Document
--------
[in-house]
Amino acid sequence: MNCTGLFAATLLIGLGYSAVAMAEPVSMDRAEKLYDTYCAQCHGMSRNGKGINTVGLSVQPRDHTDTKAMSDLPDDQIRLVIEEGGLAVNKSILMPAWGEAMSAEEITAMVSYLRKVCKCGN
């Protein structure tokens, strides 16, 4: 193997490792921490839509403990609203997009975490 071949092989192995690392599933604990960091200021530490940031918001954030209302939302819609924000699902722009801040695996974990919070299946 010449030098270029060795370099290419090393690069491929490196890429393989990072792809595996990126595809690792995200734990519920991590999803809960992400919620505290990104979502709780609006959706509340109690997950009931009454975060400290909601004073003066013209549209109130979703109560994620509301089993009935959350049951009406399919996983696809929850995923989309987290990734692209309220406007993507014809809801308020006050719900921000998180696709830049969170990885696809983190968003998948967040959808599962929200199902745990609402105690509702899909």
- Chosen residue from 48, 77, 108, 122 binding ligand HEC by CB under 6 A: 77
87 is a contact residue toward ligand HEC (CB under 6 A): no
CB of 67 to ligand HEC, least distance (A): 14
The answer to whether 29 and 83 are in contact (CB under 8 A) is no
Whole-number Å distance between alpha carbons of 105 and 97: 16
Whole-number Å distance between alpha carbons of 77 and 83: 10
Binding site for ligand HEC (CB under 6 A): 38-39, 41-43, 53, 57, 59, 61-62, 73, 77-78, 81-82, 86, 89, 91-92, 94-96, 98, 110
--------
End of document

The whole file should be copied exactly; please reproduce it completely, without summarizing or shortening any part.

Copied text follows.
[in-house]
Amino acid sequence: MNCTGLFAATLLIGLGYSAVAMAEPVSMDRAEKLYDTYCAQCHGMSRNGKGINTVGLSVQPRDHTDTKAMSDLPDDQIRLVIEEGGLAVNKSILMPAWGEAMSAEEITAMVSYLRKVCKCGN
């Protein structure tokens, strides 16, 4: 193997490792921490839509403990609203997009975490 071949092989192995690392599933604990960091200021530490940031918001954030209302939302819609924000699902722009801040695996974990919070299946 010449030098270029060795370099290419090393690069491929490196890429393989990072792809595996990126595809690792995200734990519920991590999803809960992400919620505290990104979502709780609006959706509340109690997950009931009454975060400290909601004073003066013209549209109130979703109560994620509301089993009935959350049951009406399919996983696809929850995923989309987290990734692209309220406007993507014809809801308020006050719900921000998180696709830049969170990885696809983190968003998948967040959808599962929200199902745990609402105690509702899909």
- Chosen residue from 48, 77, 108, 122 binding ligand HEC by CB under 6 A: 77
87 is a contact residue toward ligand HEC (CB under 6 A): no
CB of 67 to ligand HEC, least distance (A): 14
The answer to whether 29 and 83 are in contact (CB under 8 A) is no
Whole-number Å distance between alpha carbons of 105 and 97: 16
Whole-number Å distance between alpha carbons of 77 and 83: 10
Binding site for ligand HEC (CB under 6 A): 38-39, 41-43, 53, 57, 59, 61-62, 73, 77-78, 81-82, 86, 89, 91-92, 94-96, 98, 110